Various sensitivity analysis methods exist: some are more mathematical and others more statistical, in nature [1, 3].* Statistical* methods typically approach the subject by assuming that parameters are distributed according to a probability density function. There are numerous applications to the WDS, as recently reviewed [15]. Common methods used in WDS applications include Monte Carlo [16, 17] and an accompanying approximation called first-order second moment (FOSM) [8, 16], which uses the sensitivity-matrix evaluated at the mean of the distribution. Fuzzy sets, as recently reviewed [18], have also been used for WDS applications.

The following* mathematical* methods exist:* nominal range sensitivity analysis* (NRSA) [3] (also known as “local sensitivity analysis”, “threshold analysis”, “one-at-a-time”, or “one-factor-at-a-time”) and sensitivity-matrix methods [1, 17]. NRSA and sensitivity-matrix methods are applicable to deterministic models [2], such as the hydraulic pipe network models used for a WDS, considered here. These methods, respectively, apply to changes of single and multiple state parameters. NRSA evaluates the effect on model outputs exerted by individually varying* only one* of the model inputs across its entire range of plausible values, while holding* all other* inputs at their nominal or base-case values (i.e., fix them locally) [2]. NRSA can be repeated for any number of individual model inputs. An extension to multiple parameters, with a linearization approximation, is the sensitivity-matrix, which consists of first-order partial derivatives of outputs with respect to (w.r.t.) inputs (Jacobian matrices) [1, 3].* Local* sensitivity analysis methods perturb some inputs at a time, while the remaining inputs are fixed to base-case values. NRSA and sensitivity-matrix methods are* local* methods [3].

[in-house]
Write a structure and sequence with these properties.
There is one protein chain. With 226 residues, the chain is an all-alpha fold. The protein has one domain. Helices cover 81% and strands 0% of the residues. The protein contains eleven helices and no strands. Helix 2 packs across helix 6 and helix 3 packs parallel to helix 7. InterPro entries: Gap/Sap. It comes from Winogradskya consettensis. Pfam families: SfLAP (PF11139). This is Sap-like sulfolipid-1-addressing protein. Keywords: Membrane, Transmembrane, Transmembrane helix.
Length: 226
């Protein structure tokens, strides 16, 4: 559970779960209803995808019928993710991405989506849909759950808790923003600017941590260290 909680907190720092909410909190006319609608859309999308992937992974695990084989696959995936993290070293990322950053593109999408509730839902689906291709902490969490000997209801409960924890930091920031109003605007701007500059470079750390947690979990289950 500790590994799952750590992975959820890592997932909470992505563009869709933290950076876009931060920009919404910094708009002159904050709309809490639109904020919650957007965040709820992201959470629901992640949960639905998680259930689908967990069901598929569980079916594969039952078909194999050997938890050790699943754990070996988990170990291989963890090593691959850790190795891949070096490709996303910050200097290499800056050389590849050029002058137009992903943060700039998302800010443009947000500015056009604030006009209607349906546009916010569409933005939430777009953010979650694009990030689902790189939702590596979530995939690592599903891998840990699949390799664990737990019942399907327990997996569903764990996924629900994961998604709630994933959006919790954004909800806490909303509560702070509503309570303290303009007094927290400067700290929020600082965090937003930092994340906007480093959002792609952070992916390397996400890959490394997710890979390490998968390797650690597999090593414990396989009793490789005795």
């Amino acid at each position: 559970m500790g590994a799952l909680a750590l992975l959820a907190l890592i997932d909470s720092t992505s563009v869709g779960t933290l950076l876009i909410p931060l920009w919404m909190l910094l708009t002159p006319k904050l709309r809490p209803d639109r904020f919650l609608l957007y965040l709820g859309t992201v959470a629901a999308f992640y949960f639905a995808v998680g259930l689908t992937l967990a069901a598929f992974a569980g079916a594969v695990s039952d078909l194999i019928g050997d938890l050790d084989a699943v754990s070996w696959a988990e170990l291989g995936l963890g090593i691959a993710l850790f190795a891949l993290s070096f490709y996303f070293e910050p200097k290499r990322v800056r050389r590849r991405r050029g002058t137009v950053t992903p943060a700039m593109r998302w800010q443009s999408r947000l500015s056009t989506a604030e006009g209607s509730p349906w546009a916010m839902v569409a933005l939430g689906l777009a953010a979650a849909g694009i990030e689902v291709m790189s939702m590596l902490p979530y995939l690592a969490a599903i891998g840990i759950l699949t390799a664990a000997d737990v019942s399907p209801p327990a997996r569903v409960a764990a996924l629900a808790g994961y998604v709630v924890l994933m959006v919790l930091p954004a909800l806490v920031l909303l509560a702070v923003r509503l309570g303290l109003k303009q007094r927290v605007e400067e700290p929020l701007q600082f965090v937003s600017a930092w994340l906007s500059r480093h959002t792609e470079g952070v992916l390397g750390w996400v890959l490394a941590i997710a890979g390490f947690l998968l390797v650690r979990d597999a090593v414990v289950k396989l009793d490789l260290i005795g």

Recent applications of mathematical sensitivity analysis to the hydraulics of a WDS include a GIS-based sensitivity analysis method based on NRSA used in several analyses of an Austrian-based group. For the effect of continuous change of parameters on hydraulic variables, of interest here, this method was applied to calibration, pipe diameter design, and input uncertainty assessment [10], and vulnerability identification [11]. Other recent applications include the sensitivity-matrix method for ranking the relative importance of pipes [9], leakage localisation [19], and studying demands [20].

Since NRSA is the easiest sensitivity analysis method to implement and understand [3], a novel sensitivity analysis formalism that extends this method is developed, called* local regional sensitivity analysis* (LRSA). Like the NRSA and sensitivity-matrix methods, it is* local* and should hence preferably be applied to problems where this is an advantage, or not a disadvantage. Examples of such problems are model verification or validation [3].

In NRSA and sensitivity-matrix methods different changes are applied to each parameter* individually*. LRSA extends these methods to allow the same change to apply to a collection of parameters, called a* region*. The importance of the study of parameter regions has been emphasized [16]. For example, by breaking the entire system into suburbs, a complicated calibration problem can be studied incrementally [4, Section ].